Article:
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Scottish Aquaculture and Fisheries Bill Passes Through Next Stage

16 May 2013

SCOTLAND, UK - The Aquaculture and Fisheries Bill has successfully passed through Stage three of the Parliamentary process. The Bill will ensure that farmed and wild fisheries are managed effectively, maximising their combined contribution to supporting sustainable economic growth with due regard to the wider marine environment.

The Bill:

  • Introduces ‘good governance’ obligations on our Salmon Fishery Boards to improve openness, transparency and accountability
  • Enhances the management of salmon fisheries through improvements to data collection and information gathering; strengthening the consenting regime and providing access for Ministers to the full range of management measures
  • Amends the Fisheries Act 1981 and modernise existing enforcement provisions to ensure that sufficient powers are in place to enable Sea Fishery Officers to enforce sea fisheries regulations
  • Introduces legislative provisions to safeguard shellfish waters protected areas
  • Makes provision for charges for a number of fishery functions
  • Extends the scope of offences that could be subject to a Fixed Penalty Notice

Speaking just after closing the debate, the Minister for Environment and Climate Change, Paul Wheelhouse said: “I believe we have delivered a Bill which is proportionate and balanced and the product of significant stakeholder engagement. It enhances the existing regulatory framework to provide the safeguards we would all expect to ensure sustainable economic growth.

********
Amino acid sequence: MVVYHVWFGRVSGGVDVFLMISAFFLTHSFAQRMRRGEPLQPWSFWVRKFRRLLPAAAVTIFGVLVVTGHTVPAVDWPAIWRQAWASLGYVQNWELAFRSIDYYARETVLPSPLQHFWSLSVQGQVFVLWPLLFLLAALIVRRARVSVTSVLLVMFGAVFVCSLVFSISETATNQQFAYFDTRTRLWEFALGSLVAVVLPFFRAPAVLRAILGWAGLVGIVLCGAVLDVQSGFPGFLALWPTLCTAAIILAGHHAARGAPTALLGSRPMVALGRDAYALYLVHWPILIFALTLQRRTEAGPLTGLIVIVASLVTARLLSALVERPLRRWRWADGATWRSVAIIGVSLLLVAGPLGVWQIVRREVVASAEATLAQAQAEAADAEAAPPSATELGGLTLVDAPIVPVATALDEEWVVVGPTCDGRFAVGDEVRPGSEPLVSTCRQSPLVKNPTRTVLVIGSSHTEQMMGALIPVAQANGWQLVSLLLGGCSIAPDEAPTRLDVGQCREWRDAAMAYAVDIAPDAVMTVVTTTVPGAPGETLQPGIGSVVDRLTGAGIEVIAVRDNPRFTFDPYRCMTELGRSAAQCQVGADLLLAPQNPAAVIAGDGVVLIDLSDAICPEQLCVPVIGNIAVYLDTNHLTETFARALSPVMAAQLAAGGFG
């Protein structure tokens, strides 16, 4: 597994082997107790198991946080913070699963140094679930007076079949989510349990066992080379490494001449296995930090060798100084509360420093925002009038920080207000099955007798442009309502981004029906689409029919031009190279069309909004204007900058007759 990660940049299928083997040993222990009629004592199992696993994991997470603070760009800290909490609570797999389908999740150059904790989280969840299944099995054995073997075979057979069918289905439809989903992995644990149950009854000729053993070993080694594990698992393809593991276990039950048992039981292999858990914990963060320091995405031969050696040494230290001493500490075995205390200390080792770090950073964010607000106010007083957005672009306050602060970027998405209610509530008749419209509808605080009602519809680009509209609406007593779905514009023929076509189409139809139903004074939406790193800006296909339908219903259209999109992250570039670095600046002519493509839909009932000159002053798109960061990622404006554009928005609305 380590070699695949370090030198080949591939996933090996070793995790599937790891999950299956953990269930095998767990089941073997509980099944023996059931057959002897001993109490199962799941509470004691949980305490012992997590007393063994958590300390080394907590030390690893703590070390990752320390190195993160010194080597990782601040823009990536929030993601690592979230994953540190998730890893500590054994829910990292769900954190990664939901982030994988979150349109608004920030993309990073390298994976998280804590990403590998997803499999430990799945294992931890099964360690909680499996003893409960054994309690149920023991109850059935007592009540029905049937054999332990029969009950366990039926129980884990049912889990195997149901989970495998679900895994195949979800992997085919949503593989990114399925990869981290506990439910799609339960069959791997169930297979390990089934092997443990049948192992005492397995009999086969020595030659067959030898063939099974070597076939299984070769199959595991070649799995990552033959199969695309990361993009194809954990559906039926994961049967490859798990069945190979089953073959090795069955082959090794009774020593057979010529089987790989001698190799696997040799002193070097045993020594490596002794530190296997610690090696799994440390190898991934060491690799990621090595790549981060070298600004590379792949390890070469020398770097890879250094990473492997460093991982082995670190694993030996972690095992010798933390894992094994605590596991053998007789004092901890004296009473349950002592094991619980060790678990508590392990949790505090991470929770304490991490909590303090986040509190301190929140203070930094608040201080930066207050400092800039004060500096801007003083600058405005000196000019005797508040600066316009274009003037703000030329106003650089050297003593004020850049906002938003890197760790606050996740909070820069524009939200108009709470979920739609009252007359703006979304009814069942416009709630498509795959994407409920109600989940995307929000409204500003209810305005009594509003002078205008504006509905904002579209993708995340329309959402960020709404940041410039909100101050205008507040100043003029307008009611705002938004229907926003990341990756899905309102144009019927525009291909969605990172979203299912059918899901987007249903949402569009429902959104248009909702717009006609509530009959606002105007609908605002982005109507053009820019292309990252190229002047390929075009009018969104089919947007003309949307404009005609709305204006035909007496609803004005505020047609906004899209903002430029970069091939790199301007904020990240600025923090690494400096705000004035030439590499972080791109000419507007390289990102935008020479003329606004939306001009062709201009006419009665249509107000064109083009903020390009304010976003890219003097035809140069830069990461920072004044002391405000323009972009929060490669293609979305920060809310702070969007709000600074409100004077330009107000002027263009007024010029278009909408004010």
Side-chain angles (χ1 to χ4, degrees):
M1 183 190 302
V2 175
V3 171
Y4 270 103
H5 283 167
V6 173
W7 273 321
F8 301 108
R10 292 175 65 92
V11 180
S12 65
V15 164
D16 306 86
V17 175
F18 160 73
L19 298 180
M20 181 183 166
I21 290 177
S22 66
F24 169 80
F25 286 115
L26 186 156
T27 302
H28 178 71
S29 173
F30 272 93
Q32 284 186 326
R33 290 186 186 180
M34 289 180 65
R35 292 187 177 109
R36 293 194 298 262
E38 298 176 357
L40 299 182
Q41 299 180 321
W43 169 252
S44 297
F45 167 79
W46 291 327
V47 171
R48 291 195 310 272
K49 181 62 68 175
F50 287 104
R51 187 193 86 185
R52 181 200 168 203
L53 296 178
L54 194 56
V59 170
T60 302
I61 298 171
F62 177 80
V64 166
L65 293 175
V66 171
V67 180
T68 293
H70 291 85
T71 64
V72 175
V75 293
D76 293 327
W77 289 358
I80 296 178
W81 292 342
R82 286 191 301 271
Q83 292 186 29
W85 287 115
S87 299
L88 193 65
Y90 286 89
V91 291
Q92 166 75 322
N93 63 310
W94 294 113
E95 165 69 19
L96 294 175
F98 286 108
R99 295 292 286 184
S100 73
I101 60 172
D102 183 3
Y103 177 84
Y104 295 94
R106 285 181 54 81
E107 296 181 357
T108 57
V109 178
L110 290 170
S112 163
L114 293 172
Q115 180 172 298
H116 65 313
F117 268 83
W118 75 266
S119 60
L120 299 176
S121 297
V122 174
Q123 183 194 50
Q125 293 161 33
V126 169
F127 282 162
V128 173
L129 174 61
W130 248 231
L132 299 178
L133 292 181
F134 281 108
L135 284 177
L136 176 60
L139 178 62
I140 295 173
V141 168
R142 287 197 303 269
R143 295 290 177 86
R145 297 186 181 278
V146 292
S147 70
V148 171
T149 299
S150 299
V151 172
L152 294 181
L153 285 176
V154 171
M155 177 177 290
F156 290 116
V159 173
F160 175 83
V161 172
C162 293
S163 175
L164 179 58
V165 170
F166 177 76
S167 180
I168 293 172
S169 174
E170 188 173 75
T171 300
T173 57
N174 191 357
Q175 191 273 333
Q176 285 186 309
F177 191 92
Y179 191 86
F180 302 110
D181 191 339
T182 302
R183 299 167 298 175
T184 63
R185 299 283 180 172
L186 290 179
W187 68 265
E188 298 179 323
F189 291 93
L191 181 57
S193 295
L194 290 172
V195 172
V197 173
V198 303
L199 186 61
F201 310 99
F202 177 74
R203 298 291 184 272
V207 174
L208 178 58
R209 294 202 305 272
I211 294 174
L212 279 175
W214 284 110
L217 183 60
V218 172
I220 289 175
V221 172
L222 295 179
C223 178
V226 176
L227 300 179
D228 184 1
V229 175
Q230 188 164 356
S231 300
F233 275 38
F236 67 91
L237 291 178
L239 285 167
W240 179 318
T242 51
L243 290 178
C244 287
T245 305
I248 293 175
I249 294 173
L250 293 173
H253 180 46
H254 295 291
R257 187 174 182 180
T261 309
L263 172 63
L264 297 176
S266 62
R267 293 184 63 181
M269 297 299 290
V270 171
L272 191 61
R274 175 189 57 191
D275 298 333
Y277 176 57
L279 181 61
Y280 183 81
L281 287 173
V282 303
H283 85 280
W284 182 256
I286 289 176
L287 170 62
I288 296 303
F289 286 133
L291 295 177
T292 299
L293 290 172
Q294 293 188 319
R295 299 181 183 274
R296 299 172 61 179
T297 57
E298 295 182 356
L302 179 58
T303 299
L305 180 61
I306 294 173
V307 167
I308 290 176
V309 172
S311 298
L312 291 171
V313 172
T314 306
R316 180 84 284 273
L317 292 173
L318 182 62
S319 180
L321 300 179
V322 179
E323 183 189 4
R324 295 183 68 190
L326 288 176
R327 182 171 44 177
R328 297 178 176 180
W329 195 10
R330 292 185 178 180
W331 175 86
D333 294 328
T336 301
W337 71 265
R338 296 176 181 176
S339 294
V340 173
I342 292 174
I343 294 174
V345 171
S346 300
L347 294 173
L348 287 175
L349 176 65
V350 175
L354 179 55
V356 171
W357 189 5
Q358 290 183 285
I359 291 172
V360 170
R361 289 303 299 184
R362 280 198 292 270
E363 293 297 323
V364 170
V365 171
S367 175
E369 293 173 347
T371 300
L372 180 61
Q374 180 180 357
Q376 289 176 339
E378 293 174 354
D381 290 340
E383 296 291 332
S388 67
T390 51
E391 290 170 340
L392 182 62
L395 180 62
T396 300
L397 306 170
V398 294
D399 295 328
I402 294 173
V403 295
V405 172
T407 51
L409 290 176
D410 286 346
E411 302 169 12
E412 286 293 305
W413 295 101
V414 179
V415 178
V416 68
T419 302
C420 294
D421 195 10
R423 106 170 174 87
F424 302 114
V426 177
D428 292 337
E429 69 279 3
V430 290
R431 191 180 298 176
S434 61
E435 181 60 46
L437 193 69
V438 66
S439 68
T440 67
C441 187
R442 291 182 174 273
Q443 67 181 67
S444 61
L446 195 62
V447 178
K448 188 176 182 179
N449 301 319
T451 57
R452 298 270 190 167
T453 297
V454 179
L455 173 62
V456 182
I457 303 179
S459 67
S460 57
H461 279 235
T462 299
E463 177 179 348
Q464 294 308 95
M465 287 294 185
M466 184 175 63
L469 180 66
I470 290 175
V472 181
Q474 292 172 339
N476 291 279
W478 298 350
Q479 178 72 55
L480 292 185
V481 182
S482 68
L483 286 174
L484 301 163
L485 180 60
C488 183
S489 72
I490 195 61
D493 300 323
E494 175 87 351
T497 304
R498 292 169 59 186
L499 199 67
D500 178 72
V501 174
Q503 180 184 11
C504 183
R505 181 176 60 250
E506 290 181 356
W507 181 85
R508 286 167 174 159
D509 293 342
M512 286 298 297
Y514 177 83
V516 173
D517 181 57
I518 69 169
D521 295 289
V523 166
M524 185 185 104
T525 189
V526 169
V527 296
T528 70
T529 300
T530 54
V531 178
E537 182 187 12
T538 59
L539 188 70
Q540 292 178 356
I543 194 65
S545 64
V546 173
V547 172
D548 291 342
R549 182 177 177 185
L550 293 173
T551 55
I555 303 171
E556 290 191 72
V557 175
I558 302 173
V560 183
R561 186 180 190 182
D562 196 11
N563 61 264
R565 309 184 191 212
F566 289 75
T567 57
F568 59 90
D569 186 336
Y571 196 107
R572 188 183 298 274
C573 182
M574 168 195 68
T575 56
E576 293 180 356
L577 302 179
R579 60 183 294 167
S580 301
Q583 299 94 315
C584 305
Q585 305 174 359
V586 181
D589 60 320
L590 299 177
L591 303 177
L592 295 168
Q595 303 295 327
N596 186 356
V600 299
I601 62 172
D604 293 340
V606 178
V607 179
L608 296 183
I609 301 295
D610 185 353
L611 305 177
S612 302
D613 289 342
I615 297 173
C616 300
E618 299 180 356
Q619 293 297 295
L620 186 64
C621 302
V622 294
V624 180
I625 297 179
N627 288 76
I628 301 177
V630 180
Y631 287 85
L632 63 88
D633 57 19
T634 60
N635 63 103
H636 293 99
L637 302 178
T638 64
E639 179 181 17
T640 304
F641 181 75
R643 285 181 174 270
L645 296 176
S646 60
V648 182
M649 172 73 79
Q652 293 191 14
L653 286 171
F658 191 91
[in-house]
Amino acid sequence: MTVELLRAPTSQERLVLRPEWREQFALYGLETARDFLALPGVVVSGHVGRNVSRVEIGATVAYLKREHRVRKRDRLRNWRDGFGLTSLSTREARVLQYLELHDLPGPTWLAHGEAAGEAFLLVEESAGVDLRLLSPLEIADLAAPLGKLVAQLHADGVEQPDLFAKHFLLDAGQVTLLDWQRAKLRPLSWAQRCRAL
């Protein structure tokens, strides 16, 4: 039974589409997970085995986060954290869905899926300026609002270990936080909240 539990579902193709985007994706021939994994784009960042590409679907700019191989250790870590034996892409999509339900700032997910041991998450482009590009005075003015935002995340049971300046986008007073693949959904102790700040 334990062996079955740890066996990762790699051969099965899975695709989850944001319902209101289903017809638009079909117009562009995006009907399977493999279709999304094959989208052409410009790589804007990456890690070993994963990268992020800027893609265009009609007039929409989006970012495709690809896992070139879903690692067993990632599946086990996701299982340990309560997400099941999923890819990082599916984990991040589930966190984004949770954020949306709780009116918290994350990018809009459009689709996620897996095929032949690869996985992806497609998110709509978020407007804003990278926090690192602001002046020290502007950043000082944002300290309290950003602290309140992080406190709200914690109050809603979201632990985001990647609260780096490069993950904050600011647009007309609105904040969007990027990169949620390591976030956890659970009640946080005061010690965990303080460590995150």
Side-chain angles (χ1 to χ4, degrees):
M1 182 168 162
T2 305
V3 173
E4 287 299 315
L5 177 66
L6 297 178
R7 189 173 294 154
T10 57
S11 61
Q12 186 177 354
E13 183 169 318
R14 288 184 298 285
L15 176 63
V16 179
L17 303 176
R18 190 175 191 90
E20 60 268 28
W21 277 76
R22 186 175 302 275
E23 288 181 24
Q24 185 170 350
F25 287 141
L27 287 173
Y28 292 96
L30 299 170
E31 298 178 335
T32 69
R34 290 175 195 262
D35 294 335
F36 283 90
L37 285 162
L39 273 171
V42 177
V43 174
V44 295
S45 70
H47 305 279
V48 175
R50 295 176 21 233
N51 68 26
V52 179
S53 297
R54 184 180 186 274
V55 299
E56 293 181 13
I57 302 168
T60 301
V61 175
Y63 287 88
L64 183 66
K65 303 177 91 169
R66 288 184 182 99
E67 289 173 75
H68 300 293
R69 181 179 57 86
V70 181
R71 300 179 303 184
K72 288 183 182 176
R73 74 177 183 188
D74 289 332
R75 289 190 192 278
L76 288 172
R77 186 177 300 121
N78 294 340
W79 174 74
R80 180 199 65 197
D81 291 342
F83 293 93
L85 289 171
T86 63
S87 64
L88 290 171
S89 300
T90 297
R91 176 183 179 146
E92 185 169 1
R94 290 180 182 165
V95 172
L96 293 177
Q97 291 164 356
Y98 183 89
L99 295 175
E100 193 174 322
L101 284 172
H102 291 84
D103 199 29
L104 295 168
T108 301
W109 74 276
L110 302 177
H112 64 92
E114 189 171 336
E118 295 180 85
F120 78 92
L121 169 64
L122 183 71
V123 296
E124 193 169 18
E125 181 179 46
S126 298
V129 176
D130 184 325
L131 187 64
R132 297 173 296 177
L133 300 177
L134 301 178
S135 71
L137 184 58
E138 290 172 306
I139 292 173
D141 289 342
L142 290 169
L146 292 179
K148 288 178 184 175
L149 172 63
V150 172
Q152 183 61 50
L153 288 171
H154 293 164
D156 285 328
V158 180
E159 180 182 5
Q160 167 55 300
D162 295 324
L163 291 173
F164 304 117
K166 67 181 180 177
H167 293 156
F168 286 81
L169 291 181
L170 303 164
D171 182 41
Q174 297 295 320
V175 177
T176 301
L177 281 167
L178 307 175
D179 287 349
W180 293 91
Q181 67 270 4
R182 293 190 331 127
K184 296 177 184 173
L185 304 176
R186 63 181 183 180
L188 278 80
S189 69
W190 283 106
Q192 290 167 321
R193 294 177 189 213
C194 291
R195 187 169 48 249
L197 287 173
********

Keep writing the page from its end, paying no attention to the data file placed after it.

“These sectors – aquaculture (production and processing), game and coarse angling - are worth over £700 million with the potential to breach the £1 billion mark in the future. They employ some 8,000 people across Scotland, helping to underpin many of our rural communities.

“I believe now is the time to look forward, and to recognise the enormous benefits to Scotland of a successful and thriving aquaculture and fishery sectors that can develop in harmony and in partnership with all those who share our marine environment. There is always more work to be done but we continue from a solid platform established through the Bill. I look forward to progressing this work through the refreshed Ministerial Group on Sustainable Aquaculture, and in particular the Interactions Working Group I have established.”

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